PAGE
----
Red Riding Hood
In My Opinion…
Produced by: Leonardo DiCaprio
Running time: 100 minutes
Company: Warner Brothers
Leading actors: Amanda Seyfried, Shiloh Fernandez, Gary Oldman
There is only one burning question in this movie: WHO IS THE WOLF?!
All other questions aside (like why is everyone so clean? And why is the wolf-hunting-priest-guy so creepy? And why is the witch-proving device in the shape of an elephant?), the wolf one nagged me throughout the whole movie. By the end everyone was suspicious. And the only person I didn’t question well…yes, that was the wolf. I hate it when that happens. Shows the movie makers up to be so clever and me to be such a long step behind.
The plot is brilliant. It leads you to question every actor – and become convinced at some point you know who is the wolf – and then surprises you at the end. Without the plot though, the movie would teeter on the edge of a cliff of despair. And it would fall.
Add in frustratingly clean faces, a cliché love triangle, friend betrayal, and an axe, you have the gist of the movie. As childish sweethearts turned to want-to-be-runaway-lovers and the romance went epic in the sweeties’ eyes (no sex scenes, only a kissing scene in the barn), I felt so moved I wanted to cry in my teacup. Seriously, now. Talk about cliché. I felt like I’d watched/read the entire story before, and the previous times didn’t hook me at all. Coupled with lines that we’ve heard a million times (such as “If you love her, take a hike, mate” and “Stop! Wolf! Go no further!”) I found myself hacking a laugh rather than clutching a pillow and screaming.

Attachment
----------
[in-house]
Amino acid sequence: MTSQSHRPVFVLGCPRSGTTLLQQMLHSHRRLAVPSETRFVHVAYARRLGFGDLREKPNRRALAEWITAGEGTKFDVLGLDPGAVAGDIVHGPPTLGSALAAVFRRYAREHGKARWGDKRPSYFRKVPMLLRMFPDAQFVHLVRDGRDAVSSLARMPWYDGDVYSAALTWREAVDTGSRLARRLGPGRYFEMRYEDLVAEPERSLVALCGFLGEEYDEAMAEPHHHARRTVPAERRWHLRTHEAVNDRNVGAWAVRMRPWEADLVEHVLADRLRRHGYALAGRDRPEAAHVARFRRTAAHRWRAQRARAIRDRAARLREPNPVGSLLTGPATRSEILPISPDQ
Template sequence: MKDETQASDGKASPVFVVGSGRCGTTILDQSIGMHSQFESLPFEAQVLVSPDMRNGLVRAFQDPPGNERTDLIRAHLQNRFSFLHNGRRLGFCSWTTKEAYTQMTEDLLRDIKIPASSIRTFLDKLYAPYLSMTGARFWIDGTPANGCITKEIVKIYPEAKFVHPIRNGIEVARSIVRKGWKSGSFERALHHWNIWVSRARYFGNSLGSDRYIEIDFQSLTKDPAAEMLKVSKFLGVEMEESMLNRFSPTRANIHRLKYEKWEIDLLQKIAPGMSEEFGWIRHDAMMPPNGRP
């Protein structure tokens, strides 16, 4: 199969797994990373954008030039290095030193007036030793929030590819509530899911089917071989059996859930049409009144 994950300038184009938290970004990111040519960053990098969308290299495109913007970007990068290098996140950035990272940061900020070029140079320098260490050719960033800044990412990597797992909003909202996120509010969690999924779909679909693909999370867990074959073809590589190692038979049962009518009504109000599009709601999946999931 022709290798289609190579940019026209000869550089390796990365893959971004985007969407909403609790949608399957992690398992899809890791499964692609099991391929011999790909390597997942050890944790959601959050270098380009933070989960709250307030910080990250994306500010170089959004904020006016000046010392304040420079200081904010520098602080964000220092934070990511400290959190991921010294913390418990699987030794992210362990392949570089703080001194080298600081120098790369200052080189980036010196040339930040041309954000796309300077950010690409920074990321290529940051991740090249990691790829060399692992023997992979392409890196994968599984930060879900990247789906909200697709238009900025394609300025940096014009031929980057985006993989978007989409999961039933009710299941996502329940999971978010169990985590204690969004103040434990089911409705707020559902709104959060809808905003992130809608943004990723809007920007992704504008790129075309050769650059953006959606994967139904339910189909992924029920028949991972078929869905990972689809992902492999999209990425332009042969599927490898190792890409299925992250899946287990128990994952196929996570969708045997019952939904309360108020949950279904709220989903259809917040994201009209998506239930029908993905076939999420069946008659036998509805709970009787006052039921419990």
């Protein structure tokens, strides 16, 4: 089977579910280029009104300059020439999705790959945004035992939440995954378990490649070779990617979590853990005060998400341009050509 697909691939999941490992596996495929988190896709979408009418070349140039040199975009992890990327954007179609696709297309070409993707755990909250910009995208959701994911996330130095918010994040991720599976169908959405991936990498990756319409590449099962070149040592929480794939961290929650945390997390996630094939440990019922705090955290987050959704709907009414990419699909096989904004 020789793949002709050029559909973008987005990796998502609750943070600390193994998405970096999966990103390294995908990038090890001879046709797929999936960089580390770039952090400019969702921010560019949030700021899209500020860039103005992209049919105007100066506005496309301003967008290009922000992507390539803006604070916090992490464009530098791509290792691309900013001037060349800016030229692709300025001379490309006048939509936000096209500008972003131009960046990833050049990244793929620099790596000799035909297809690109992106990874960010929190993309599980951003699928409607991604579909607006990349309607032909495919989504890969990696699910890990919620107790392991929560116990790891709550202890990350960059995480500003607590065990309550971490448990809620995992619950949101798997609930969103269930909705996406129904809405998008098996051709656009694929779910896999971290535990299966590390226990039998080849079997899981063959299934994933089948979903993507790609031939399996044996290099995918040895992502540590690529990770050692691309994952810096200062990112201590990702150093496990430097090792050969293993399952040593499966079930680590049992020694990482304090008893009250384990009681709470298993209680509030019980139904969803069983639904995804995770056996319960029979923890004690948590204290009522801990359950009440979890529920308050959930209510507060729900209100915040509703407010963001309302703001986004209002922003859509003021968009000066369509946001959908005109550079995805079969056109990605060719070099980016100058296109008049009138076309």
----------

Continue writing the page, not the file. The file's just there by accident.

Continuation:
Oh, and everyone dies. Okay, it takes a while as they get picked off (some by real wolves, some by half-real-wolves), but they’re laid out and everyone cries and it truly is heartbreaking. At least, I would feel heartbroken if they let me. Where are the tear blotched faces? There is no detail in this movie. When I watch an epic, half-horror (it wasn’t that horrible), medieval fairy-tale rendition, I want to be convinced.
Woodcutters? Why are their hands clean? Blacksmith? Maybe he stars in a face-washing commercial in his spare time. Snow in the village? Is it really going to be sparkling white after hundreds of people trample it every day? I want to see dirt and grit and reality. Unless you’re selling me a pretty fairy tale (and I don’t think that was the aim), I don’t want to see any perfection. Except for in the cinematography (which also lacked).
The film had it’s moments, brief though they were, and if not for the plot I might have drowned in the aforementioned teacup. Still, when the wolf is a werewolf and is hard to kill and blood moon is disturbingly creepy, I boosted my star rating to a 2. The acting is fine, plausible and moving, and there are some hilarious lines amongst the rubble. And the ending is just how I wanted it. I will have some fond memories of Red Riding Hood, though most of them are when I was laughing and this movie wasn’t a comedy.